Tracking North Atlantic marine life - in the winter! | University of Maryland Eastern Shore Marketing Retarget Pixel

Tracking North Atlantic marine life - in the winter!

  • Wednesday, March 28, 2012

    Tracking marine life migration in the North Atlantic

    PRINCESS ANNE, MD - (March 28, 2012) - Students from UMES' Living Marine Resources Cooperative Science Center spent 10 days at sea in January investigating North Atlantic marine life.

    Guided by Dr. Vince Guida, a National Oceanic and Atmospheric Administration biologist, and Dr. Bradley Stevens of UMES, the group set out to document fish and invertebrates from Woods Hole, Mass. south to Virginia Beach, Va. 

    Using deep sea trawls aboard the Delaware II, a NOAA research vessel, the students captured organisms on the continental shelf at depths ranging from 20 to 200 meters, and on the continental slope at depths from 300 to 900 meters.  NOAA routinely surveys this area each spring and fall, but few studies are conducted mid-winter or at depths below 250 meters. The abundance and types of organisms present at that time or depth are not well known, Stevens said. 

    Emily Tewes and a not-so-deadly catchOf particular interest on this cruise were deep-sea red crabs and monkfish.  Both species live at great depths and support modest commercial fishing, but little is known about their life history or biology.  Work was conducted around-the-clock and each time one of the deep trawls came up on deck, students sorted and weighed the catch, then separated the different species for cataloging.  

    Stevens and some students measured crabs, and took blood, eggs, and tissue samples to determine their reproductive status.  Graduate student Evan Lindsay, working with Dr. Andrea Johnson of UMES, collected blood, tissues and vertebrae from monkfish to assess their health, age, reproductive status and pollutant burdens.  Understanding the biology and reproductive status of these species will lead to improved management and conservation, Stevens said.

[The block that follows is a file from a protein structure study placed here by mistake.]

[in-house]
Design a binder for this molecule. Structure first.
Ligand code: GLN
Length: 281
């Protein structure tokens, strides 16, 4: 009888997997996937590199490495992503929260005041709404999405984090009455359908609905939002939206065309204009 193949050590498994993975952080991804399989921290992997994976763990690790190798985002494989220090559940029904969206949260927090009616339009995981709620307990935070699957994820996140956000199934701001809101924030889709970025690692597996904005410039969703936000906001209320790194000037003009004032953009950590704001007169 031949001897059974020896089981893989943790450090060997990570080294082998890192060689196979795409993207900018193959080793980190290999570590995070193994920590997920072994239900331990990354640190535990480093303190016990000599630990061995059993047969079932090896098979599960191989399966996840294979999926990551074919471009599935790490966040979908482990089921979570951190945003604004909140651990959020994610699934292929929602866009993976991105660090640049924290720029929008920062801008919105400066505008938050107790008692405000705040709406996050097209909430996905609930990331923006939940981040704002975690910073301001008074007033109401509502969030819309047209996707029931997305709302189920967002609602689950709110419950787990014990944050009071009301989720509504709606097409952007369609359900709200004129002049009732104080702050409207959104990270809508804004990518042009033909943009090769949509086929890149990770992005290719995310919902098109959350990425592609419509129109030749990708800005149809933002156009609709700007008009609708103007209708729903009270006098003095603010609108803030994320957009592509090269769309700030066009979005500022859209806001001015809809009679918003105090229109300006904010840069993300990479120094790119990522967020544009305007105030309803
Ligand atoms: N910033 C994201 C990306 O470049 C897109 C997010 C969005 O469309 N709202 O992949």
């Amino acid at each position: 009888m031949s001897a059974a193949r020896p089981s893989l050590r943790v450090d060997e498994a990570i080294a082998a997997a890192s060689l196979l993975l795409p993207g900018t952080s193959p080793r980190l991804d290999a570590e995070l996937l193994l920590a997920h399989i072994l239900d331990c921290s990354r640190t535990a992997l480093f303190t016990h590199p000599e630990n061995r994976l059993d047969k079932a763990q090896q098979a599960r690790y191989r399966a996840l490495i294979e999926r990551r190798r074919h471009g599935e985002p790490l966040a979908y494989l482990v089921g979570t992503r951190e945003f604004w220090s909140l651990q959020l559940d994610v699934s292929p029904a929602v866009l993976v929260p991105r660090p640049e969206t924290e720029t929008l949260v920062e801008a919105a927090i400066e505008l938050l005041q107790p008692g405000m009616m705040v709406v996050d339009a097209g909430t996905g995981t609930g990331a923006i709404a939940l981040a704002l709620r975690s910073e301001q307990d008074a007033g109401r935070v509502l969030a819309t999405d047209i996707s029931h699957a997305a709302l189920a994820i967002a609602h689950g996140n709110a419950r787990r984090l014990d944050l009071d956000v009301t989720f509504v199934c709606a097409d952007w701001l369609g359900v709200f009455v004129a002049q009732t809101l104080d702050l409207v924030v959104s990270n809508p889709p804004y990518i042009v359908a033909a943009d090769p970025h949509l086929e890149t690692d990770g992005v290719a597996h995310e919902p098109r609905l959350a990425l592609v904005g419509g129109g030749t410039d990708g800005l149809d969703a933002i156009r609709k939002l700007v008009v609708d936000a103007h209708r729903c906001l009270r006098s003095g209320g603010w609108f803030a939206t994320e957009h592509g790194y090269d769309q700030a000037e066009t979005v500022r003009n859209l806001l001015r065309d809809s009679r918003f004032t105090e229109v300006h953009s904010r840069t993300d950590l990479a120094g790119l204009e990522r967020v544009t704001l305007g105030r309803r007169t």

Guida is focused on documenting increasing water temperatures and the northward movement of southern species.  White shrimp, common south of Cape Hatteras, and several species of fish have been discovered farther north over the past few years. 

    "One of the most interesting things we caught were transparent larvae of Caribbean spiny lobsters," Stevens said. "They were over a thousand miles from their place of birth and could only get this far due to warm water extending up the coast."

    Sara Bornhoeft, Andrea Stoneman and, Candace Rogers sort through marine life brought up by a trawl netStudent-researchers were challenged by 10-foot seas during the first few days of the cruise, but persevered. Graduate student Emily Tewes was philosophical about her hands-on experience.

    "I think it is really important to have an 'out-to-sea' experience and there is a lot to be learned from working with NOAA," Tewes said.  "Not only do you get a feel for what the work is like, but it can help you decide whether this type of work is a good fit for you in the future."

    In addition to Tewes and Lindsay, other student-researchers included Whitney Dyson, Courtney McGeachy and Candace Rogers from UMES; Andrea Stoneman from Delaware State University; and Sarah Bornhoeft, a recent graduate of Salisbury University and UMES. 

    This is the eighth year NOAA has sponsored the training for marine science students.  Future research cruises are uncertain, however, because of federal budget cuts and the planned decomm